Born in Stockholm and based in Barcelona, Petra studied graphic design at the renowned Bergs School of Communication before venturing into the world of freelance illustration and is today represented by Handsome Frank,
Working mainly in Adobe Illustrator, Petra’s bold and colourful works, often dotted with confetti and other abstract compositions, have become her signature style. She is especially renowned for her portraits of women. We chatted to Petra about this and more.
Did you always know you wanted to be an illustration artist?
I knew that I wanted to create visually, but it took me a while to figure out what to do and how to make it work. I’ve always painted and drawn, so my life kept going in that direction. However, for a long time, I thought that it might be my side hustle and that I might have a “real” job to support myself. It took me a while to realise that this could be my full-time profession.
You’ve had quite the journey so far, can you tell us more?
My background is a mix of fine art and graphic design; I never studied illustration (more than a short course during my education), but for me, that has been the perfect mix. I learnt a lot about colour and composition at art school and was able to get a feeling for commercial projects and design at Berghs School of Communication.
When did the big break come for you, when you began making money from your art?
It was about three years ago, a few months into freelancing full-time. I got my first international project and, even though it was a pretty small job and not that well paid, it opened a lot of doors to other things. From that point, things started to pick up, and I felt that I got to use the skills I had developed in my projects. I got more and more requests, and after a few months, I started working with my agency Handsome Frank.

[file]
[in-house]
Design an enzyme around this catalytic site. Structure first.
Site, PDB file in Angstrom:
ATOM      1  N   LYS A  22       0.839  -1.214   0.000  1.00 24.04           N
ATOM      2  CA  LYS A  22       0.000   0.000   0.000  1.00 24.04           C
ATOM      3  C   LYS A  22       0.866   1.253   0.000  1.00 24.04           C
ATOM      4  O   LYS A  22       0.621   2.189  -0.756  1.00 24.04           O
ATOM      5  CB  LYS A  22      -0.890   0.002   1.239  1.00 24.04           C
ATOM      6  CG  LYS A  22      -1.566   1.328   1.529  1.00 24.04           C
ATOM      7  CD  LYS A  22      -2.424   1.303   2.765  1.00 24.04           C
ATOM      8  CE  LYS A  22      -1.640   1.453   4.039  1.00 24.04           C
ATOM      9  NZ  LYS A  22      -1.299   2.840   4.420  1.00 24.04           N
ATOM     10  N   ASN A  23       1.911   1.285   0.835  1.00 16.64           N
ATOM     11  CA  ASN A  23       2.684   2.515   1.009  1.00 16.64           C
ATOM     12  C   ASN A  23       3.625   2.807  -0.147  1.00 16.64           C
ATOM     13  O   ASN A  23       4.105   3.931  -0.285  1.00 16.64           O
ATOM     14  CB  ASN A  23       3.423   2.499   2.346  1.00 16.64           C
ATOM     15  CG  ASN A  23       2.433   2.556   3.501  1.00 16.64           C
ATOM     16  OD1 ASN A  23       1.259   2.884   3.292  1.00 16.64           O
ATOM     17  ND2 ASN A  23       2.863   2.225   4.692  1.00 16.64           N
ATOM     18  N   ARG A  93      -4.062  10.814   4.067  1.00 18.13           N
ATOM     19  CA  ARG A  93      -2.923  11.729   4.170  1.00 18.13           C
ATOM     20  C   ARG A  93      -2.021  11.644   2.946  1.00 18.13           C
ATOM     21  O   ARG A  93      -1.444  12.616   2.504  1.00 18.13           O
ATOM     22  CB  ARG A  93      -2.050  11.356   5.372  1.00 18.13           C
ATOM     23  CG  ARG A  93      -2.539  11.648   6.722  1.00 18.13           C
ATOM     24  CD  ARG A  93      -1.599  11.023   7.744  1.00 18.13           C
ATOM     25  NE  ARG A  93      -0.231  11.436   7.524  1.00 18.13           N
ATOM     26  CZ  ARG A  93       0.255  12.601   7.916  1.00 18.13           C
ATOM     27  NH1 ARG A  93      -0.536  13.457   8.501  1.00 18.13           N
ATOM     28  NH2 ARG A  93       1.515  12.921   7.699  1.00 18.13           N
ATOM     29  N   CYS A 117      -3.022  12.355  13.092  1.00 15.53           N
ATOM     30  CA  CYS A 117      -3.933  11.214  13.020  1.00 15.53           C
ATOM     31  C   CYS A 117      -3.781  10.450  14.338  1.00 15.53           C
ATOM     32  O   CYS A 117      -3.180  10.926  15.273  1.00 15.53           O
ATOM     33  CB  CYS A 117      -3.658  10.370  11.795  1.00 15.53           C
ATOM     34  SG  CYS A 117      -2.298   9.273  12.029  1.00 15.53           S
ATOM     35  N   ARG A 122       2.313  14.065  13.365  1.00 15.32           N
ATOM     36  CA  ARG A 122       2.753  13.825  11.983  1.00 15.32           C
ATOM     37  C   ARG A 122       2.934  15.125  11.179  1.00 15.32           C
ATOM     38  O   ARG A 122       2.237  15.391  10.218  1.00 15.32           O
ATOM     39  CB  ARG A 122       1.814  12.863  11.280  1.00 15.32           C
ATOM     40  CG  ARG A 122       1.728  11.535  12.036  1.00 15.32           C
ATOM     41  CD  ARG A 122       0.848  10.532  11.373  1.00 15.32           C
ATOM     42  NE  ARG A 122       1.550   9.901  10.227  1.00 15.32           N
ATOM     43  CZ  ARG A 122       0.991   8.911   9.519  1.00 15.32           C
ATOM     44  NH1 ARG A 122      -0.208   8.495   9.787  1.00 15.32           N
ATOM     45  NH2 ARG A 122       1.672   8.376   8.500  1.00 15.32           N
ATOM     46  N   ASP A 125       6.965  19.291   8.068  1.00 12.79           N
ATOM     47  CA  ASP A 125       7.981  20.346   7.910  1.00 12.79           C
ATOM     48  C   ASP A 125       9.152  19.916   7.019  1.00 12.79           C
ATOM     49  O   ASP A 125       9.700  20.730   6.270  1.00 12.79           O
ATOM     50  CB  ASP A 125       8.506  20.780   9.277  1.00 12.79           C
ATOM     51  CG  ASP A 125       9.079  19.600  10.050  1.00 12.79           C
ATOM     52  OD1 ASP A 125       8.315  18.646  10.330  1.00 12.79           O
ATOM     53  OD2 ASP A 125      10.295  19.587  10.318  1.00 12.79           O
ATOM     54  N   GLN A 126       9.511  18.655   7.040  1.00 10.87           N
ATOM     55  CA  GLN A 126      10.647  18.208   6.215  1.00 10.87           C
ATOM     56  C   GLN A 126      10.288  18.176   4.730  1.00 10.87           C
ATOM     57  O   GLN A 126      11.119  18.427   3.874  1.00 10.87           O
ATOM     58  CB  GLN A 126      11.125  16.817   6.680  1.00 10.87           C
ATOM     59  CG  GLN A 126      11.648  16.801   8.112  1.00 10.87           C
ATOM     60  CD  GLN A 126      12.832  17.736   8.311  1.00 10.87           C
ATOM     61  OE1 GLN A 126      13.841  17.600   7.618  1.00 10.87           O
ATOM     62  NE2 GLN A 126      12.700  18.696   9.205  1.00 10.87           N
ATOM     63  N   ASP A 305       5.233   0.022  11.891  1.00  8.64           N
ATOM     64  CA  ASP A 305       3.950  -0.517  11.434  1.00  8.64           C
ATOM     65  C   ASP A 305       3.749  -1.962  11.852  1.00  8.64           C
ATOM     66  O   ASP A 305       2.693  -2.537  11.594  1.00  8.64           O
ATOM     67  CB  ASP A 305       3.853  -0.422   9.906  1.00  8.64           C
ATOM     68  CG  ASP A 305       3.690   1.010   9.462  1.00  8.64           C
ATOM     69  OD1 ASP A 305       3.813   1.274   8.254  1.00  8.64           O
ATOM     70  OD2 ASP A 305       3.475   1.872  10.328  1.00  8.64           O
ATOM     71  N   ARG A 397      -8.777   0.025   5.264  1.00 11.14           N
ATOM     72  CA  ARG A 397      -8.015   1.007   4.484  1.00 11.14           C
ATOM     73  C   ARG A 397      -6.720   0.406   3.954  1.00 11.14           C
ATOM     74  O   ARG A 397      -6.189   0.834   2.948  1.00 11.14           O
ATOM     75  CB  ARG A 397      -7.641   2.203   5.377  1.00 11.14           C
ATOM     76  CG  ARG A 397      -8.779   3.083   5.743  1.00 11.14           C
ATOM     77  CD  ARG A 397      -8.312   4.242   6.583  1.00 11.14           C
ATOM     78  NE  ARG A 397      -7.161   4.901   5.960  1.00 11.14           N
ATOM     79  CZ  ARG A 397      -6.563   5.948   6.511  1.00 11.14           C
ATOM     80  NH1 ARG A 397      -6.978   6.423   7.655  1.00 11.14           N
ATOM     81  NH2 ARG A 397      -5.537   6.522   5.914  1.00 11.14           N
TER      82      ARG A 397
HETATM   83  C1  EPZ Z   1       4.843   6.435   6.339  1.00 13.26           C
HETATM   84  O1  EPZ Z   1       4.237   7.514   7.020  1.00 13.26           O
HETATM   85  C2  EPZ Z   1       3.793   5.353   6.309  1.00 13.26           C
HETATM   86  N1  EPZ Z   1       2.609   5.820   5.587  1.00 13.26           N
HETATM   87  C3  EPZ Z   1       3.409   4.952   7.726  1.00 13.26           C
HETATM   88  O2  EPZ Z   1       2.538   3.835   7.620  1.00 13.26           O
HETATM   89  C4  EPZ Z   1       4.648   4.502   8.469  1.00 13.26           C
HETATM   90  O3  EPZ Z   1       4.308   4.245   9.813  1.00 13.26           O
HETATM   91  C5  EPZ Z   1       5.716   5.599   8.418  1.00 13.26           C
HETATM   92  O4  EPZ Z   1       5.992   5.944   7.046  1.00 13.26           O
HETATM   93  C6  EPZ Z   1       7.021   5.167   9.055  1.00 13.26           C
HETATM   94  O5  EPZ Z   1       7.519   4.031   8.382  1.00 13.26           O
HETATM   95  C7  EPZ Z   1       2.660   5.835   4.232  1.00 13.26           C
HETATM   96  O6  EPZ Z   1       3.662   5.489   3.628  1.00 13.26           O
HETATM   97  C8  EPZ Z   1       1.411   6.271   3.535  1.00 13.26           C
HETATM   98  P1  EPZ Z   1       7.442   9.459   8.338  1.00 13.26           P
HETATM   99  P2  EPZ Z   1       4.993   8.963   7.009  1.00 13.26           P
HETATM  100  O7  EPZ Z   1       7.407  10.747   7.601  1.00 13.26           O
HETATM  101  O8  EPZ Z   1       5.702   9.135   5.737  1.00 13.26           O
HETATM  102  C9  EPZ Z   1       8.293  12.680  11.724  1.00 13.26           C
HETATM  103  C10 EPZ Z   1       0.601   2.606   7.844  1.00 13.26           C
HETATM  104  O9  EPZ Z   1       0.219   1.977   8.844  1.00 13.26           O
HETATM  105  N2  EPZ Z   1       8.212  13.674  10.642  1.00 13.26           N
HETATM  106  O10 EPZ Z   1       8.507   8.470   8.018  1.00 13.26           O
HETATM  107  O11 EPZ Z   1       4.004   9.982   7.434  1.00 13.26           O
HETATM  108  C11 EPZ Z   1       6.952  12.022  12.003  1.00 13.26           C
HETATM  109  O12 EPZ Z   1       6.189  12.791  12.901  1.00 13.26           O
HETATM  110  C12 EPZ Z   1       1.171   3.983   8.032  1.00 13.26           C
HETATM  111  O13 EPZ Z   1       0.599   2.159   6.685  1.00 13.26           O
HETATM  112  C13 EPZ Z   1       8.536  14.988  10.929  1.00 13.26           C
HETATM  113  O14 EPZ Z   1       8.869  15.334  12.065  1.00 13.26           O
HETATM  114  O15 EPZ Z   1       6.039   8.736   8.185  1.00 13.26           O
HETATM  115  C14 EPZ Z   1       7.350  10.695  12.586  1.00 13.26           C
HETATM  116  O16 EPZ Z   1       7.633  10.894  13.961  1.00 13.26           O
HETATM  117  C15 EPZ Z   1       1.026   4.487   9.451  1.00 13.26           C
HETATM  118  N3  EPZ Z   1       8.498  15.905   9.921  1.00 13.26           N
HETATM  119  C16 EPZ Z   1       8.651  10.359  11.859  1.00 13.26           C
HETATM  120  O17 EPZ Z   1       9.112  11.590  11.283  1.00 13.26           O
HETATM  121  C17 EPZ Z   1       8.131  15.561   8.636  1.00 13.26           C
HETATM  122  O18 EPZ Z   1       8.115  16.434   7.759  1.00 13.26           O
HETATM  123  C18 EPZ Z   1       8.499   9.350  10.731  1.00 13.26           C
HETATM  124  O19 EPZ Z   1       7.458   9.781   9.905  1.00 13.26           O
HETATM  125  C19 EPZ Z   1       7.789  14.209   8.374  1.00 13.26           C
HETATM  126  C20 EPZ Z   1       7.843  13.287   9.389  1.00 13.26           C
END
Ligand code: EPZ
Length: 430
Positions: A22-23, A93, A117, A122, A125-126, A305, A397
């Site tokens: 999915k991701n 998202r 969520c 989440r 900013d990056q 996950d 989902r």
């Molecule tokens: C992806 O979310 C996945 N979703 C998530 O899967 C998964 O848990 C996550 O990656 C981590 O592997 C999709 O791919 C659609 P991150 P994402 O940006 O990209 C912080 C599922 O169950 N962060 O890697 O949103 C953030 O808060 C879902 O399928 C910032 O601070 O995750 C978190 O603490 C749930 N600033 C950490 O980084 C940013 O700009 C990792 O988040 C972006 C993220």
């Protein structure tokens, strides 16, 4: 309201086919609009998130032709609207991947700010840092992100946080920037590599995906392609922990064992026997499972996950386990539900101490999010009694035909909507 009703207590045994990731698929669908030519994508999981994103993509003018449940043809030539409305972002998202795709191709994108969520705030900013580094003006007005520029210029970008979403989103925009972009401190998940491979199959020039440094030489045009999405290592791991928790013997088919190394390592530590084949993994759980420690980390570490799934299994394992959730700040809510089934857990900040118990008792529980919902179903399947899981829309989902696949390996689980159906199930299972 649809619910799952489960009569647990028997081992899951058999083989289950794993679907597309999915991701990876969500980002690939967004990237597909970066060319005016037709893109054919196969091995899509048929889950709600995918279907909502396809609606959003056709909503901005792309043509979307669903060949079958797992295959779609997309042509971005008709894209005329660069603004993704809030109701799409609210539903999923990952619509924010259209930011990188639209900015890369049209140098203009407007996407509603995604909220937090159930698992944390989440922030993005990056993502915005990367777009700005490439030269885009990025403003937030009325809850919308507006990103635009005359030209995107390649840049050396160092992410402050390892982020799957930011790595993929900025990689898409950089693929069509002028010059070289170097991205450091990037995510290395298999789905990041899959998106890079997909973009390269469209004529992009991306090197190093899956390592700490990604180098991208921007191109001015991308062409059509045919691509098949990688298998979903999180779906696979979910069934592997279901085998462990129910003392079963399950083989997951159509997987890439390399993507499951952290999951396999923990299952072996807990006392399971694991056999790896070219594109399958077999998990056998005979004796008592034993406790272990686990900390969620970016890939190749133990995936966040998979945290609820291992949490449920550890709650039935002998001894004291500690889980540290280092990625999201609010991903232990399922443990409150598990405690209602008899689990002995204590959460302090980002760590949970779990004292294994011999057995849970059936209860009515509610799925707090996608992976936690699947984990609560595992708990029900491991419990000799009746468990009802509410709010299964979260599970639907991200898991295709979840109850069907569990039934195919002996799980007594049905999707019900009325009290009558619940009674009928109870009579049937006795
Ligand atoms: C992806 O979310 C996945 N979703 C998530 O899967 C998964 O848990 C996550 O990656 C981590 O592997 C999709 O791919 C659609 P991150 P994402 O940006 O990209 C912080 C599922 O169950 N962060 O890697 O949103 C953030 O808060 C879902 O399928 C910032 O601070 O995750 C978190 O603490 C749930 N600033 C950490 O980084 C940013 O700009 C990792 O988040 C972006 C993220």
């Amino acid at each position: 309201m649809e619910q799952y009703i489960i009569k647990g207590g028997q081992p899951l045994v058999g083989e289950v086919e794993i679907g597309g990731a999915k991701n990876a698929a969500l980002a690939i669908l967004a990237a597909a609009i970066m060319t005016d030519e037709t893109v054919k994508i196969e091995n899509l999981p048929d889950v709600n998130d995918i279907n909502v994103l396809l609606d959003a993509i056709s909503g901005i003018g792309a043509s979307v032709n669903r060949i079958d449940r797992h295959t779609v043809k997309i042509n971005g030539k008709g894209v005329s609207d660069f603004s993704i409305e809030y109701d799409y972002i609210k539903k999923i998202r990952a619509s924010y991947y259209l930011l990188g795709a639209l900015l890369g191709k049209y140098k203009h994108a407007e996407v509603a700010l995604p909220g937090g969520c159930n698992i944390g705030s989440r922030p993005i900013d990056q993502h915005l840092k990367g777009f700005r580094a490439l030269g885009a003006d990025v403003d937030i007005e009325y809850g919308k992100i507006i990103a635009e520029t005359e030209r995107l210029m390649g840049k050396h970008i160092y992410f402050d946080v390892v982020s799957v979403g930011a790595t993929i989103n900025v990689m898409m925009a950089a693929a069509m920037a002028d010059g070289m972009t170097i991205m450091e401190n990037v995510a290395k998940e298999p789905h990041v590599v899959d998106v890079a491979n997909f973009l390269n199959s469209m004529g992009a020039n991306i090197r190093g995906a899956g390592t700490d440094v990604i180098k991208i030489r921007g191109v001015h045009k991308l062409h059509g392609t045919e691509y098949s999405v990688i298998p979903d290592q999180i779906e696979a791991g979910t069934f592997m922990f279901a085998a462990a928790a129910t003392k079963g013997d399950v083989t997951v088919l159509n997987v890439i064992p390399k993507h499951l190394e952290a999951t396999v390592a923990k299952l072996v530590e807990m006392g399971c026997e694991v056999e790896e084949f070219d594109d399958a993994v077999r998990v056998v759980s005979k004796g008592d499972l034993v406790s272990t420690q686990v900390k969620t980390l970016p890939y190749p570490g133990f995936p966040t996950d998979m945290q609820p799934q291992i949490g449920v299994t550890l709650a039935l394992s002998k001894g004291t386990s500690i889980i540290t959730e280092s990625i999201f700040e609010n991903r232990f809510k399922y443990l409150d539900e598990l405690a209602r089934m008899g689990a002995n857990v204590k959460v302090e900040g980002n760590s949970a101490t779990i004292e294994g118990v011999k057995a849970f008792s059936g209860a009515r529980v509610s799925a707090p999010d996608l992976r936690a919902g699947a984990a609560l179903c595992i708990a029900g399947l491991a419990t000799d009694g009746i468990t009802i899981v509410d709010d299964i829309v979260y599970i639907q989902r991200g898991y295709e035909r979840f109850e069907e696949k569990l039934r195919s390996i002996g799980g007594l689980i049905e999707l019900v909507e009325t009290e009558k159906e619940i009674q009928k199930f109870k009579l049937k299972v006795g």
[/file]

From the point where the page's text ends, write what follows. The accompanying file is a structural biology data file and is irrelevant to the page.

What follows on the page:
What have been the biggest lessons of the past few years?
I think how I value myself and the work I do. Some of the lessons are more practical like understanding what to charge for different kinds of things (though this is still not easy) and what to look out for in contracts to be able to keep the rights and be in control of my work.
Others are more about trusting myself and appreciating what I do enough to dare to say “no” to things and give myself enough time to be able to complete something at the level I want. It might sometimes mean fighting back with clients for what I think works best in an image; I don’t always manage to convince them, but at least it feels better to stand up for whatever option I believe is the best one.
Your work is so colourful and bold. Where does this style come from? What does colour mean to you?
I grew up in a creative home with a mum who’s very interested in design. Her style is also very colourful and graphic which I definitely think made a big impact on me and it feels like colour has always meant a lot. A well-balanced colour palette gives me joy. I’m a very visual artist, so for me, colour is one of my primary tools for expressing myself. I sometimes wish that I was more of a conceptual artist, but I’m trying to make peace with having colour and shape as my primary weapons. Colours are one of the first things I start thinking about when kicking off a new project as it’s so closely connected to the story I want to tell.
Do I see a hint of Japanese inspiration?
Haha, maybe! Even though I still haven’t been to Japan, I’m very fascinated with its culture and the mix in tradition and all the new crazy trends. I also absolutely love the worlds of Hayao Miyazaki (especially how he uses colour). I think his work has definitely inspired me.
A lot of your work centres around female portraits. Why is that?
It’s because of a combination of different reasons. Firstly, I’ve always drawn faces, that’s what I used to fill my school notebooks with. When I started focusing more on personal projects (while I was still employed as a designer at a startup), it felt natural for me to go back to what I had enjoyed most as a kid but do it in a completely different way.
After producing a bunch of different portraits (which were mainly of females) and sharing them on Instagram, I got a request to do 52 portraits of “women from history” for the book Bygone Badass Broads written by Mackenzi Lee for Abrams Books. And once I had done that book I got a lot of other requests for doing portraits, but at that point, I also felt like I needed a bit of a break from it. During the last two years, I’ve been much more picky with the portrait projects I do as I want to focus more time on other things.
Do you ever suffer from periods where you lack motivation?
I wouldn’t say I ever lack motivation, but I’ve had phases during the last few years when I’ve been overworked and haven’t felt very creative. I’m currently trying to give myself enough time to rest and go out and get inspired.